But no matter whether he killed Annie, or Mary and her little daughter, why do so few people know of this terrible crime? Did the family keep it a secret? According to Ira Murphy, John See was arrested and placed in jail in Globe. There should be some record of that. We will look.

If Ira Murphy's account is true, then where did Charlie See come from? He was told that his father killed his mother while she was milking a cow. And Charlie See did exist. Anna Mae Deming and Marguerite Noble remember him well. He and his cousin, Julian Journigan, ran a mail and stage line from Globe to Payson for many years. Both were raised by their grandparents, John See Sr. and his wife, Louisa who lived on the lower Tonto.

Maybe Charlie had a different mother. Maybe his father took him to his parent's place on lower Tonto before the shooting. Maybe Charlie belonged to John See and the little girl did not. Maybe. Maybe. We need to know these things. Some poor woman was shot and killed by an angry husband and left in a corral. Where is her grave? If a little girl was killed, where is her grave?

One thing that rings true in Ira Murphy's account of the story is that John See had the means (the silver bouillon) to buy land and become a big rancher in Mexico. How else could an outlaw ride into Mexico and become an aristocrat?

And what happened to John and Louisa See of lower Tonto? Maybe they were embarrassed by what happened and left. We have not yet found find their graves.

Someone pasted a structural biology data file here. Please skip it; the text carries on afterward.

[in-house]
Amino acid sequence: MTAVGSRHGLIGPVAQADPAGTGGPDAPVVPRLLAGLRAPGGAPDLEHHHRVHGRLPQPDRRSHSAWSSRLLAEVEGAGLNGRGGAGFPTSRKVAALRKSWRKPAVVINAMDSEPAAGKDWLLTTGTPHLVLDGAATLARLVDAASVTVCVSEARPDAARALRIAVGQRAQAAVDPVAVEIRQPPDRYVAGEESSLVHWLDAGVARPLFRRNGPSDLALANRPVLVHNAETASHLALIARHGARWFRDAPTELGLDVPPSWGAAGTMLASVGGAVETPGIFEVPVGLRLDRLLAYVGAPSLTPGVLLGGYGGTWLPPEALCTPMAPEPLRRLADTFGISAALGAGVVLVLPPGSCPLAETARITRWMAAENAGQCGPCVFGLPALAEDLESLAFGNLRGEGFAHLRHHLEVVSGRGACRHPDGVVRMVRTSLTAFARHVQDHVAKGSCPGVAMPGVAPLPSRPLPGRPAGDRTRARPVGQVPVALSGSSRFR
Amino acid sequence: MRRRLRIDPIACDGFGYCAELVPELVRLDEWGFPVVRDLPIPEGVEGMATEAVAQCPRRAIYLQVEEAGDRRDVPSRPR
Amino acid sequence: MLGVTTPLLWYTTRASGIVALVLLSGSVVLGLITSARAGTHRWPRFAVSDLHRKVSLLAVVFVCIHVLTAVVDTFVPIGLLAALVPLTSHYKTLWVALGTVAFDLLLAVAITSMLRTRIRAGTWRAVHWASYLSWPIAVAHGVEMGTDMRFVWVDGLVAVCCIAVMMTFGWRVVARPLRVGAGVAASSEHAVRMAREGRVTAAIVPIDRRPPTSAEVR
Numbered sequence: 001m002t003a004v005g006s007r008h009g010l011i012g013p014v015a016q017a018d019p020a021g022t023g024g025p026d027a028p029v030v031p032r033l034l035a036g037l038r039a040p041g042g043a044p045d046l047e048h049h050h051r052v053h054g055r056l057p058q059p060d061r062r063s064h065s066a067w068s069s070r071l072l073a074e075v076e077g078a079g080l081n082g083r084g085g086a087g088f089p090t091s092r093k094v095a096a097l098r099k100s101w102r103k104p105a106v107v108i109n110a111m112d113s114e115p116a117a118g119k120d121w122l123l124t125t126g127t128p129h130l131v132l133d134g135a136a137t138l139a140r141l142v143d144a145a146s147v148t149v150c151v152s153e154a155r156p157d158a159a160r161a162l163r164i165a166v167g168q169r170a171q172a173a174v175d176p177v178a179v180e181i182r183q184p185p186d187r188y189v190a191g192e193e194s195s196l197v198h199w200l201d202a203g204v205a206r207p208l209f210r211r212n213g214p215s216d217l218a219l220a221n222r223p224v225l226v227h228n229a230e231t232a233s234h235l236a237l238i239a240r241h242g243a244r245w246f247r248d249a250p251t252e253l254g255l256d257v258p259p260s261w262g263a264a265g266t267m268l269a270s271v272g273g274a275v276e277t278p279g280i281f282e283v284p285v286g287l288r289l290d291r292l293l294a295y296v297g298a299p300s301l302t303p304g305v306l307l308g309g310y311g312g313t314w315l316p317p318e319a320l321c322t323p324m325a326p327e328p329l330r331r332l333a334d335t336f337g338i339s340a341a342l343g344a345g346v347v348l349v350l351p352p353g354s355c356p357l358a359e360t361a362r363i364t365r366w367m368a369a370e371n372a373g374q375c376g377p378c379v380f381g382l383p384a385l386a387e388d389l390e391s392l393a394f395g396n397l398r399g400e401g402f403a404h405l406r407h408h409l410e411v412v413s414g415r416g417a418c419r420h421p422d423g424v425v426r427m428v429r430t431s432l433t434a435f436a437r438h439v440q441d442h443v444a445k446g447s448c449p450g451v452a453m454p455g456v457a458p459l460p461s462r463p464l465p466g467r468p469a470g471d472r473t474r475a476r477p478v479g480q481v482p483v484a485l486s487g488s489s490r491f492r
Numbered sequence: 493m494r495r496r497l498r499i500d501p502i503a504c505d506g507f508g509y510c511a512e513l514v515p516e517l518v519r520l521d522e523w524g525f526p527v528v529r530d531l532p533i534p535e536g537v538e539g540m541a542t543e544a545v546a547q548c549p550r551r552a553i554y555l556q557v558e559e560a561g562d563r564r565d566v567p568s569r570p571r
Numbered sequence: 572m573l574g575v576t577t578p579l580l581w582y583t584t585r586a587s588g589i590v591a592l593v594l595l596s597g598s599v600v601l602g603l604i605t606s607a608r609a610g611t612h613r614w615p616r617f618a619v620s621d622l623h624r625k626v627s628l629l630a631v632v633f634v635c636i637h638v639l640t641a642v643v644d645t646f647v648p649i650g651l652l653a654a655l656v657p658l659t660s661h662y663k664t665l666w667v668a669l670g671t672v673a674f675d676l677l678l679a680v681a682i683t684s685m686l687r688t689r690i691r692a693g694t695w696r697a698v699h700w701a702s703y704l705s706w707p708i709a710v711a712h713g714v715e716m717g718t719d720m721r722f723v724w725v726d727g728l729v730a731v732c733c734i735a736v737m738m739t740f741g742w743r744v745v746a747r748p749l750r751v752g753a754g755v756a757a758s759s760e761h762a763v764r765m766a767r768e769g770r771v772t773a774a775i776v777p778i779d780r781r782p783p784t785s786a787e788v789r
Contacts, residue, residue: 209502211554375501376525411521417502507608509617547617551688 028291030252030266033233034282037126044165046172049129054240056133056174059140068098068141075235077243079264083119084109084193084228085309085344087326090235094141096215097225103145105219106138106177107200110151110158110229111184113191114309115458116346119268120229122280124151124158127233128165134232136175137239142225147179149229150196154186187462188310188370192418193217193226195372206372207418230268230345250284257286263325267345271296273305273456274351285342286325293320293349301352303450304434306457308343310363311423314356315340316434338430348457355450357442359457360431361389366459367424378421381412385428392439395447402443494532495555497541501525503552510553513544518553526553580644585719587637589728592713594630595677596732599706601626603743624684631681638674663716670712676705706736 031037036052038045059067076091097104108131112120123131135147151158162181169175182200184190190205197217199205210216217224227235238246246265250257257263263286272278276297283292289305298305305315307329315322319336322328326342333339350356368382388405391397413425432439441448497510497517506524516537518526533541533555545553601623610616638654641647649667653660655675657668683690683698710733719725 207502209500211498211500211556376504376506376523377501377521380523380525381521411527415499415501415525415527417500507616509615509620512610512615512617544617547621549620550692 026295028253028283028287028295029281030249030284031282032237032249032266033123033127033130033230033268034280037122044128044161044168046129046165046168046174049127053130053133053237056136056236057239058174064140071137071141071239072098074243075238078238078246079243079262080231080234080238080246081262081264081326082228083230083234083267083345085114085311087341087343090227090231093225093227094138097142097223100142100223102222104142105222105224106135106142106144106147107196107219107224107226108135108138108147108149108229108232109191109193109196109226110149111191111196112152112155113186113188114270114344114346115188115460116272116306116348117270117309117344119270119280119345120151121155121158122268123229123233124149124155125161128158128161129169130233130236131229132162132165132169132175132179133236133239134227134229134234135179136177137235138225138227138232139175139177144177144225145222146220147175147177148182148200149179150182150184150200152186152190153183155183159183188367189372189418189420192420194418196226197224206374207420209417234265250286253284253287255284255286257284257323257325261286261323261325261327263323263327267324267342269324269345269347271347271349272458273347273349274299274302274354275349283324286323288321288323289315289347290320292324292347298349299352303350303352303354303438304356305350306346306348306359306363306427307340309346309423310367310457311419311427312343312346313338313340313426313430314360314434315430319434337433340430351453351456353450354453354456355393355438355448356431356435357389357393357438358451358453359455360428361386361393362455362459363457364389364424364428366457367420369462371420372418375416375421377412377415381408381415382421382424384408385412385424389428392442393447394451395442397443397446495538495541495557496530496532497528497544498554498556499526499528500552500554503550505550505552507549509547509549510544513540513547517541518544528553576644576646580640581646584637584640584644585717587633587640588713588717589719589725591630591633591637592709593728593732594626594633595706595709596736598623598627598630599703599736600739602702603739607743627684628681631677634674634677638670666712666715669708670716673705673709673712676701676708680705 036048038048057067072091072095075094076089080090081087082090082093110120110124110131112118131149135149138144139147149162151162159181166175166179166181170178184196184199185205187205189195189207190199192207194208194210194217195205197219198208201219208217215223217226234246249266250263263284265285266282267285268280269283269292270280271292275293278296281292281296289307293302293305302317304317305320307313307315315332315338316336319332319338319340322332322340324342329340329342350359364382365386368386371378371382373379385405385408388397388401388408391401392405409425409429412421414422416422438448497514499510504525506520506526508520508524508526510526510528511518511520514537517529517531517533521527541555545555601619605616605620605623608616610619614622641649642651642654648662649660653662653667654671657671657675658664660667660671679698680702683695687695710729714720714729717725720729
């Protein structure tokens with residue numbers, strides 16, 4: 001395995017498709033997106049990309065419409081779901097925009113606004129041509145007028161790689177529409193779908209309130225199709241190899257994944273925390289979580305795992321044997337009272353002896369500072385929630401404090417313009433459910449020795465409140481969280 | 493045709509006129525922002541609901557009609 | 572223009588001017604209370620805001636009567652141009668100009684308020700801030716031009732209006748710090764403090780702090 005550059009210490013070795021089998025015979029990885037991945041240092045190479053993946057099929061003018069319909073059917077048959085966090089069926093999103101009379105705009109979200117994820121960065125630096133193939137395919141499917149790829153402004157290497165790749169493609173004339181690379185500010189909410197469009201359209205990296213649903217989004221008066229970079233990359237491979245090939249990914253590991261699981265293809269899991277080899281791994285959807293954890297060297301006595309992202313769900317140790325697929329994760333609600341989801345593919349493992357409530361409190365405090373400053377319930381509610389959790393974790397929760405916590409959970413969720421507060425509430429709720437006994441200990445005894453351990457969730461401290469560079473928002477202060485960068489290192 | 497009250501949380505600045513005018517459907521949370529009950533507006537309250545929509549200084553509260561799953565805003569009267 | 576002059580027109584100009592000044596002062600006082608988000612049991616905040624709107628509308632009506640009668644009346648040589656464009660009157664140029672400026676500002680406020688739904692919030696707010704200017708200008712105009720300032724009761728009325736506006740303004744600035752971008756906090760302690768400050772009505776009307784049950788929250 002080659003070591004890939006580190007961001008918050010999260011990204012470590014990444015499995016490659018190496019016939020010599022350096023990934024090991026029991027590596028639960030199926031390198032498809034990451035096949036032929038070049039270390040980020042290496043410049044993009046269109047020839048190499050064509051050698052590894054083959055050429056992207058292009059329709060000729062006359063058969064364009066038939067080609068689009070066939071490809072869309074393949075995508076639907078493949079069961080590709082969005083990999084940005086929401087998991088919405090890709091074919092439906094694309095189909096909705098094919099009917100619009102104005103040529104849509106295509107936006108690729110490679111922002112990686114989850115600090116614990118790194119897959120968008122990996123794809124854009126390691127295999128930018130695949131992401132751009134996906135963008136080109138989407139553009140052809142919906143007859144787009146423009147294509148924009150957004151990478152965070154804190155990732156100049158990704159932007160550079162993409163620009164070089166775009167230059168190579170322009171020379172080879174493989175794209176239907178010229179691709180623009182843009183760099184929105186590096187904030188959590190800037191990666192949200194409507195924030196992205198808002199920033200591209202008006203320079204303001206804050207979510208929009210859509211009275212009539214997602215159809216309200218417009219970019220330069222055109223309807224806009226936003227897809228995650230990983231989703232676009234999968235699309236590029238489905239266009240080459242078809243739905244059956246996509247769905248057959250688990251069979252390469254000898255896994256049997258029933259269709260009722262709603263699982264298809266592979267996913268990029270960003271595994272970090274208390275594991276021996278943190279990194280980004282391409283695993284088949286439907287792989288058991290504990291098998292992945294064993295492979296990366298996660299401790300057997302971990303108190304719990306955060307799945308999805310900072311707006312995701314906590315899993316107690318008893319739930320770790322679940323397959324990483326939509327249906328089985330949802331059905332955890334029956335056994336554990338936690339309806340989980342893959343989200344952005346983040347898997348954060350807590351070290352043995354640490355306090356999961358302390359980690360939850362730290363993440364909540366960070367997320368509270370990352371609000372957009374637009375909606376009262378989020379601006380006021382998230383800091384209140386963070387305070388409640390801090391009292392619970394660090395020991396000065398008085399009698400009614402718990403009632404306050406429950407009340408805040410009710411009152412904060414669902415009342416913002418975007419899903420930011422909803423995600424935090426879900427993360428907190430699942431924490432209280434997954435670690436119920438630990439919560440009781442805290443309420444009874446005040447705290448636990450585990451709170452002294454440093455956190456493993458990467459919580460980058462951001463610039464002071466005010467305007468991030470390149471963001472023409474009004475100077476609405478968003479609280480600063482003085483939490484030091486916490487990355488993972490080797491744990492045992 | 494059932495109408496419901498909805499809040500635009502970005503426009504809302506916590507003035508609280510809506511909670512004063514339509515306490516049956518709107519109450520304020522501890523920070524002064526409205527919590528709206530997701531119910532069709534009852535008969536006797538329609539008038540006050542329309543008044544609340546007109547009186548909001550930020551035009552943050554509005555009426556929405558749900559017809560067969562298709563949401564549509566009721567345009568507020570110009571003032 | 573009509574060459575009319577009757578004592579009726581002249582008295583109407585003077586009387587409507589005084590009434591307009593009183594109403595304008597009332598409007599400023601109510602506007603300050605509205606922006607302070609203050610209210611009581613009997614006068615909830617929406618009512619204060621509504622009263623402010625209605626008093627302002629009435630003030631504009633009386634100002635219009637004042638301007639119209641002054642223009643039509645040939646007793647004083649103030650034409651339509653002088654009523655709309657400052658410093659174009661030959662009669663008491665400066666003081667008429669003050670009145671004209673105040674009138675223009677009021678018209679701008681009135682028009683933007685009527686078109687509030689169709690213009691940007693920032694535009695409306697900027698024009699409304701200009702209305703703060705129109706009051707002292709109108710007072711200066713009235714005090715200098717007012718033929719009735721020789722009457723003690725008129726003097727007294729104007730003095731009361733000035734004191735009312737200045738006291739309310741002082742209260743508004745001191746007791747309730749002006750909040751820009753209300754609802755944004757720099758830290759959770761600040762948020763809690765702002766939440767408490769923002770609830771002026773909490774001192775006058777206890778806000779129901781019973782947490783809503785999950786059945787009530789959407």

Looking at Great Register of 1890, I see where John M. See, age 22, signed it. He was born in the U.S. and was voting at Grapevine, which is in the lower Tonto Basin. I'm thinking this is John See, the man who killed his wife.

Also on the Great Register for 1890 is John Shelby See, age 56, born in Missouri, and who voted at Tonto. I'm thinking this was the father of the man who killed his wife. Too bad they didn't let women vote. We might have found their names. John Shelby See voted at Tonto every two years between 1890 and 1900, but the younger John See did not vote. That's probably because he was in Mexico.

Something else of interest. On the 1892 Great Register, Robert See (age 26) voted in Payson. Is this Robert the "Bob" See that went to Mexico with John See after he killed his wife? Bet it was.

Also on the 1892 and 1894 Great Register is the signature of Silas Marshall See (age 53), born in Indiana, who voted in Pine; a Henry H. See, (age 21) born in California, also signed. Could this be a father and son, and was Silas Marshall See a brother to John Shelby See? I'm betting these Sees are all related. There were not a lot of people living in this area during those years.

As for Mary Narrow, the woman that Ira Murphy said was shot and killed by John See -- where did she come from? I can find no records on her. Murphy said she went to her parent's home nearby. I can find no records on anyone by the name of Narrow.

This is a murder mystery that I really want to solve. Surely some one out there has heard something of these people.

Sheriff Rim Rock Thompson's most notable case was that of John See. And we know so little. If any reader has more information on any of these people, please contact us at (928) 474-0380 or write to Jinx Pyle and Jayne Peace-Pyle, c/o the Payson Roundup, 708 N. Beeline Highway, Payson, or P.O. Box 2520, Payson, AZ 85547.

Jayne Peace-Pyle, Arizona Historian, recently released her first novel, "Muanami -- Sister of the Moon." The story relates the trials and struggles of a Comanche medicine woman and shows that motherhood transcends all cultures and times. Cost of the book is $15. Other books by Jayne Peace-Pyle and Jinx Pyle: "Looking Through the Smoke," "Mountain Cowboys," "History of Gisela," "Rodeo 101- the History of the Payson Rodeo," "Blue Fox," and "Calf Fries and Cow Pies." The books can be purchased at Sue Malinski's Art and Antique Corral in Payson and from Lorraine Cline in Tonto Basin.